How often do you stop to think about your success? How do you define it? As you may have surmised from the name of this site, I’ve broadly reimagined success as “your career, your life, your way.” It’s a position that has guided me for a long time, and is rooted in my philosophy of personal responsibility: “It’s your life, own it.”
I’ve lived much of my life based on this idea. So, I tend to take for granted that true success is achieving meaning and fulfillment based on personal choice and self-direction. It’s my bias, and has shaded my perceptions, making it easy to see evidence for it in my work with clients, over social media, and especially in what I read.
Believing that conforming to defined roles in compliance with organizational authority limits freedom, I saw in Dan Pink’s Free Agent Nation, the dawn of true independence. Added to the mix was my work in personal branding. I saw with many clients that “permission to be yourself” resonated. It made sense in helping them map their career strategy, stand out, and gain more visibility and credibility.
My thinking became more firmly entrenched when I read Seth Godin’s Linchpin, and was reinforced again, recently, with Reid Hoffman’s The Start-up of You. It seemed to me that even more people would see that they essentially work for themselves, allowing them to fashion a better quality of work and life than at any point in the history of Corporate America. It seemed we’d truly entered a new age of self-determination and a redefinition of success. [Tweet This]
But appearances can be deceiving.
For me, the wake up call came in the form of a couple of recent blog posts with advice on climbing the career ladder. Frankly, I do realize that there are many organizations where that idea is alive and well. Still, a narrow focus on getting to the top seems strange in a time when people seek to make a difference. [Tweet This]
So, I decided to take a closer look. What I found is that – in large organizations, at least – success definitions have remained remarkably consistent over the years. In fact, in a global study done by Accenture, success definitions included: having it all, work-life balance, flexible schedules, rewarding workplaces, pay raises, and vacations. Among the results, 70 percent of both women and men reported a belief that they can “have it all” – that is, have a successful career as well as a full life outside work. Of course, 50 percent said it’s not possible to have it all at the same time.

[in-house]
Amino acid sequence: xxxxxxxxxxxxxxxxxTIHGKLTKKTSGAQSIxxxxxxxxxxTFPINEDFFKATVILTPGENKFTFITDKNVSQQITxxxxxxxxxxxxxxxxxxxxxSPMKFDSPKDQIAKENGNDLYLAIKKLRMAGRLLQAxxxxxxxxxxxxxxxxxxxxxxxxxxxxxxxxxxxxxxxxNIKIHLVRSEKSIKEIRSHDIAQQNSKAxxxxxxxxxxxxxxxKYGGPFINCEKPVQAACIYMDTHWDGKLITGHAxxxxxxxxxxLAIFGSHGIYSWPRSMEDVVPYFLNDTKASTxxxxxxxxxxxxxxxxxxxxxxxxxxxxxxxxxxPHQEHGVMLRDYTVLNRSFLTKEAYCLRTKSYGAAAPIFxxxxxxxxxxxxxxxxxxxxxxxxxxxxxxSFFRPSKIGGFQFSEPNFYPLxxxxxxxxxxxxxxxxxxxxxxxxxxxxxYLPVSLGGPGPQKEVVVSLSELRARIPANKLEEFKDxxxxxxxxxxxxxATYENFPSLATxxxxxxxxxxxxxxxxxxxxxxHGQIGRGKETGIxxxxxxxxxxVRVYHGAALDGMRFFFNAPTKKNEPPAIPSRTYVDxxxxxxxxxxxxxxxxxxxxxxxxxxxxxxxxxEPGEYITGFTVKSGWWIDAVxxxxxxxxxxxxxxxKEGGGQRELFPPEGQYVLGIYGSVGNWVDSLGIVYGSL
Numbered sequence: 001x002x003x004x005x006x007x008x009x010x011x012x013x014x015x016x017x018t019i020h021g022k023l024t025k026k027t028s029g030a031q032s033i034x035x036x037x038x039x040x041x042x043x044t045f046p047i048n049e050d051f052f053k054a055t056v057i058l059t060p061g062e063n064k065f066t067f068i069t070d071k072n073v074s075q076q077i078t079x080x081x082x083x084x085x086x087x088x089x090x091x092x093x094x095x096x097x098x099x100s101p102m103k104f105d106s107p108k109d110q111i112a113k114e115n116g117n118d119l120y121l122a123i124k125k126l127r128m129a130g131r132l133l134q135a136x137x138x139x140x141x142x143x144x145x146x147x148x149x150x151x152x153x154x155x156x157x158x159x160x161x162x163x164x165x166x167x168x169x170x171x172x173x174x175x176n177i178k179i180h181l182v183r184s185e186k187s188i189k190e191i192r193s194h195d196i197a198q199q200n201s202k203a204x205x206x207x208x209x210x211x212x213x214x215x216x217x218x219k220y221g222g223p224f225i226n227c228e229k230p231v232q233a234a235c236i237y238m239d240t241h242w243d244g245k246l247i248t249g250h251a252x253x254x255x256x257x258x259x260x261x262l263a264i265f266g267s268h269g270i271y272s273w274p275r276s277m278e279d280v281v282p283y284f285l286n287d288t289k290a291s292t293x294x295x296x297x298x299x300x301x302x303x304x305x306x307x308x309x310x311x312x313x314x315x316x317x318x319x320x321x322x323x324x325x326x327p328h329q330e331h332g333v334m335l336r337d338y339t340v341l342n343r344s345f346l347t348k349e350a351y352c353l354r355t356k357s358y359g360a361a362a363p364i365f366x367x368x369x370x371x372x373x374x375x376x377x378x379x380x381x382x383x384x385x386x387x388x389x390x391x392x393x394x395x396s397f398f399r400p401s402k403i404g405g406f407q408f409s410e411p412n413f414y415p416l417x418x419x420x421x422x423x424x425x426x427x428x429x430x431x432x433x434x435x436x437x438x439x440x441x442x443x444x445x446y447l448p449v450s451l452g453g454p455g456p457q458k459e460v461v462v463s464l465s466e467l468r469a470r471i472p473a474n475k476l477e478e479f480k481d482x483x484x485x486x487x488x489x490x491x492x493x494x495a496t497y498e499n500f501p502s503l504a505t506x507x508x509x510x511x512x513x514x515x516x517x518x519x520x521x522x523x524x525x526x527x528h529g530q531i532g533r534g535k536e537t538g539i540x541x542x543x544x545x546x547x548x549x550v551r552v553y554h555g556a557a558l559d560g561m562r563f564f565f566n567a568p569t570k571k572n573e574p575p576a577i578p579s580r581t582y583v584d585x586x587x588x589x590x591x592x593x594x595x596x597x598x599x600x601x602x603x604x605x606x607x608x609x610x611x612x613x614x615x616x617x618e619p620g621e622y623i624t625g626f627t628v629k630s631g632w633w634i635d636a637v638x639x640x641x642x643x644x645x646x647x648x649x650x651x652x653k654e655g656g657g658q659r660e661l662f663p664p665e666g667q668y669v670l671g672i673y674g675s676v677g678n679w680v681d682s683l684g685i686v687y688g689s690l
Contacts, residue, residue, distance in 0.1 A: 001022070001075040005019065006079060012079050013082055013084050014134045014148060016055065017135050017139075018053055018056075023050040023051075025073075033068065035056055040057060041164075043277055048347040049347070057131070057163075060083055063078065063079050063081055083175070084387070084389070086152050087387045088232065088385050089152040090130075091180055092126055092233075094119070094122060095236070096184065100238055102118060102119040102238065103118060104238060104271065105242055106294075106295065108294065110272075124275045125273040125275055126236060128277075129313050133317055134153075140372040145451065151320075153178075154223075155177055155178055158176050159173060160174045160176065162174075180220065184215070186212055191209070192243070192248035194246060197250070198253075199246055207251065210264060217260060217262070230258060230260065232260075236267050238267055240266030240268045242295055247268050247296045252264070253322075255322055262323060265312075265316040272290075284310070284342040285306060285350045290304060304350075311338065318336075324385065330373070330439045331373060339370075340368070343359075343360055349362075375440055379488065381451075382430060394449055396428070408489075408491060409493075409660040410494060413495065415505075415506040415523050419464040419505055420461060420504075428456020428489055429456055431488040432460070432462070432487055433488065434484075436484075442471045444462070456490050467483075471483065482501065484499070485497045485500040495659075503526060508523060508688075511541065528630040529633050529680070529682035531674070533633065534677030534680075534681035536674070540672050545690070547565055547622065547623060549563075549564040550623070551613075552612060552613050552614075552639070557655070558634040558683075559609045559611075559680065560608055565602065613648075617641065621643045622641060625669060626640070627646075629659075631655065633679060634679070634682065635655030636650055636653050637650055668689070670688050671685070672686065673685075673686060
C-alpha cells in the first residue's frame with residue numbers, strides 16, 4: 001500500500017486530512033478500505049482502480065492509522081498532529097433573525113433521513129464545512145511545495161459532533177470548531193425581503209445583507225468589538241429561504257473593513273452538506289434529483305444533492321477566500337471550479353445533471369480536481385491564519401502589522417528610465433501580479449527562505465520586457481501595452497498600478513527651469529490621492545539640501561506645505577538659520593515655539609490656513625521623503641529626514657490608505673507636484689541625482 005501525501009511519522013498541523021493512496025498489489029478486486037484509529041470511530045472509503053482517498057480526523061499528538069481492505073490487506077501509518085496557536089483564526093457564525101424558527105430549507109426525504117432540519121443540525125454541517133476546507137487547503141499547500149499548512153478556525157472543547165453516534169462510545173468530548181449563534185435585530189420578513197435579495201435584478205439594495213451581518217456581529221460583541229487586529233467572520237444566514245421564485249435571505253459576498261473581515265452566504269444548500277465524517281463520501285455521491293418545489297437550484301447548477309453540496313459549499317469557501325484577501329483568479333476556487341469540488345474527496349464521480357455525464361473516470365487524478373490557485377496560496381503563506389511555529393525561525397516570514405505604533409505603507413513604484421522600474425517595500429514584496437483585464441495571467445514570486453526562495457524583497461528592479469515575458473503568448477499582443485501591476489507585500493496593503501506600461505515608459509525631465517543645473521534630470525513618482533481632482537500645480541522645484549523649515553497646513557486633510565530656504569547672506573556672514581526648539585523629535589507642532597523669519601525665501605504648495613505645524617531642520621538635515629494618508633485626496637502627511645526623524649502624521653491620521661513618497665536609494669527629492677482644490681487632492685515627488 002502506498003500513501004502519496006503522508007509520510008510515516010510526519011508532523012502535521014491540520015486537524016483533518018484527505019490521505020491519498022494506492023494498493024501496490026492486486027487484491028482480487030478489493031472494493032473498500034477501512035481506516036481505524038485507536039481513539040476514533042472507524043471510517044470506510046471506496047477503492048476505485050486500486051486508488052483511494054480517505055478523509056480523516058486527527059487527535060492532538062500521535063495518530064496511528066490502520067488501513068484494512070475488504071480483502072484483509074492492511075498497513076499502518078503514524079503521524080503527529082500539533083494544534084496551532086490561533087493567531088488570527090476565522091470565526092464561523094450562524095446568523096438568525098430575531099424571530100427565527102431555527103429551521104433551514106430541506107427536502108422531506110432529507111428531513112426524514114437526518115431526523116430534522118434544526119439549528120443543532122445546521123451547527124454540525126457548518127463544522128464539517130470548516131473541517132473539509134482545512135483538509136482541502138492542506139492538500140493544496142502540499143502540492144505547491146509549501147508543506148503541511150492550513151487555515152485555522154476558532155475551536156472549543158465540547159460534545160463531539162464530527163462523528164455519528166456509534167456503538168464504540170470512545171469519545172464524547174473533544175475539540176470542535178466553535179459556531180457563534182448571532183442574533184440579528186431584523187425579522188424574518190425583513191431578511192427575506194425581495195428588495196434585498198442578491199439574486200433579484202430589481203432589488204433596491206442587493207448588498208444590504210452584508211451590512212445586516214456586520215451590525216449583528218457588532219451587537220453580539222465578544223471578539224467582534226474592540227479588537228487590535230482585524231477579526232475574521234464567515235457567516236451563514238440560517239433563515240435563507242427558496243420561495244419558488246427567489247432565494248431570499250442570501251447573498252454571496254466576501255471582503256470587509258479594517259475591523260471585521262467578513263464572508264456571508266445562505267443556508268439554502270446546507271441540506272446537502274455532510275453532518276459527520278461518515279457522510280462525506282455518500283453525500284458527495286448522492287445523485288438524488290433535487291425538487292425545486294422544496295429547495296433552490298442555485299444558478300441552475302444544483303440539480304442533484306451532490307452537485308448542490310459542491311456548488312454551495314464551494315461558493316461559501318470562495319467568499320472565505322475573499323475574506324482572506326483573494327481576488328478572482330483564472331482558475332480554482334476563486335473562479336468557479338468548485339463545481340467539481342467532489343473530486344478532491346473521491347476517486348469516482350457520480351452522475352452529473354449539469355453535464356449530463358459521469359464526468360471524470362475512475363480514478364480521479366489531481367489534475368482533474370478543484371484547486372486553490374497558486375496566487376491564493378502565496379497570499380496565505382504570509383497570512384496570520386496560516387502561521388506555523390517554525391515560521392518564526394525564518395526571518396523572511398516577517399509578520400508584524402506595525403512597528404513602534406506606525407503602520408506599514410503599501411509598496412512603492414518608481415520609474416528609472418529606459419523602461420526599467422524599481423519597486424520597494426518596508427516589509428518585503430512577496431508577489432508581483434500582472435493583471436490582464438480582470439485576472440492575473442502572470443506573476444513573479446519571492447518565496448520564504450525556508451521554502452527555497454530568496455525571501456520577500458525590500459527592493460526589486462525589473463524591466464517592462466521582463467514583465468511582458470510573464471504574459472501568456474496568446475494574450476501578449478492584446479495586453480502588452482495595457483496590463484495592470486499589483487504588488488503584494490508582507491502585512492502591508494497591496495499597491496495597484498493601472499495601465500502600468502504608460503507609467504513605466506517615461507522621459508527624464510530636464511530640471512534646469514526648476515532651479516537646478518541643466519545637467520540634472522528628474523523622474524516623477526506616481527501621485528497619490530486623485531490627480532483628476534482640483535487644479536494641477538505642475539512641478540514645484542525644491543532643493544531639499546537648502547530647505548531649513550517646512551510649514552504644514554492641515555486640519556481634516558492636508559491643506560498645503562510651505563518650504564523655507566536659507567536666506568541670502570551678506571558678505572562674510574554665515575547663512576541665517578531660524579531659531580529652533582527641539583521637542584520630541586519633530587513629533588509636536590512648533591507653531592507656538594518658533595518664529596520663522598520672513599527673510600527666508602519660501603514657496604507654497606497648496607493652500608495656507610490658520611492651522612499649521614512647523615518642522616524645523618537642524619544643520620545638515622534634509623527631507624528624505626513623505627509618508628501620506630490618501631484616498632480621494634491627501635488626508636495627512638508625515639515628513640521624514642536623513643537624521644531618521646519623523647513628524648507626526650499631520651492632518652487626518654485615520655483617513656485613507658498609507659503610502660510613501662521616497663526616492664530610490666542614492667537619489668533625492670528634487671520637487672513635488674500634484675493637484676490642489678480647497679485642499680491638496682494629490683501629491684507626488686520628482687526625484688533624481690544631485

I don’t know how you see it, but what’s remarkable to me is that, besides being cliché, these definitions are so narrow – and mainly work driven. What’s more, they really don’t tell the whole story.
Thankfully, I was reminded of that, recently, over lunch with a client turned friend. In conveying her experience, it was clear that it actually is possible to find meaningful and fulfilling work inside of big organizations. It always involves using your talent to produce results, and maybe also a little luck. Ultimately, though, worthwhile success doesn’t reside in the tired categories of some study. Rather, it’s found in living true to one’s principles, and bravely putting them in service to others. [Tweet This]
What’s your personal definition of success? Leave a comment and let me know. And if you’re interested in finding strategies for more career success, consider my Career/Life Strategy coaching.